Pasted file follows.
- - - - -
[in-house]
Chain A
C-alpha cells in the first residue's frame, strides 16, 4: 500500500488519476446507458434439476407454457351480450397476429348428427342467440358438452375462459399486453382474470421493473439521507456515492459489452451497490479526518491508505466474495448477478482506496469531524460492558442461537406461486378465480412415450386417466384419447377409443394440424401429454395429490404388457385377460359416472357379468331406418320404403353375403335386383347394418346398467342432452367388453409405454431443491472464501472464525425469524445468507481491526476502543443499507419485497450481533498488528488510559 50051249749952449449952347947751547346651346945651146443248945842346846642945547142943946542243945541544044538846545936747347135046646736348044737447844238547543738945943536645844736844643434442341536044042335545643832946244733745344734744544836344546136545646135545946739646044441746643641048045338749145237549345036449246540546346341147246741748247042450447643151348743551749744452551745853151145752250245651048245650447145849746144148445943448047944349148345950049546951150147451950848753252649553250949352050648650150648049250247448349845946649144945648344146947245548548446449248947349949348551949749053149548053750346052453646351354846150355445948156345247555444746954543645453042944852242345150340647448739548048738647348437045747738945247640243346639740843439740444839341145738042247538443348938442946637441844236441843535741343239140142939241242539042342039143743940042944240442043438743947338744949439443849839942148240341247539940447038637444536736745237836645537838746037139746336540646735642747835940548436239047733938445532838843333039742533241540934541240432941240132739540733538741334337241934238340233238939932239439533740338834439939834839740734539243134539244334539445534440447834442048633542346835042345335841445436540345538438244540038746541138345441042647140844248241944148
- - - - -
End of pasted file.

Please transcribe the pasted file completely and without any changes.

[in-house]
Chain A
C-alpha cells in the first residue's frame, strides 16, 4: 500500500488519476446507458434439476407454457351480450397476429348428427342467440358438452375462459399486453382474470421493473439521507456515492459489452451497490479526518491508505466474495448477478482506496469531524460492558442461537406461486378465480412415450386417466384419447377409443394440424401429454395429490404388457385377460359416472357379468331406418320404403353375403335386383347394418346398467342432452367388453409405454431443491472464501472464525425469524445468507481491526476502543443499507419485497450481533498488528488510559 50051249749952449449952347947751547346651346945651146443248945842346846642945547142943946542243945541544044538846545936747347135046646736348044737447844238547543738945943536645844736844643434442341536044042335545643832946244733745344734744544836344546136545646135545946739646044441746643641048045338749145237549345036449246540546346341147246741748247042450447643151348743551749744452551745853151145752250245651048245650447145849746144148445943448047944349148345950049546951150147451950848753252649553250949352050648650150648049250247448349845946649144945648344146947245548548446449248947349949348551949749053149548053750346052453646351354846150355445948156345247555444746954543645453042944852242345150340647448739548048738647348437045747738945247640243346639740843439740444839341145738042247538443348938442946637441844236441843535741343239140142939241242539042342039143743940042944240442043438743947338744949439443849839942148240341247539940447038637444536736745237836645537838746037139746336540646735642747835940548436239047733938445532838843333039742533241540934541240432941240132739540733538741334337241934238340233238939932239439533740338834439939834839740734539243134539244334539445534440447834442048633542346835042345335841445436540345538438244540038746541138345441042647140844248241944148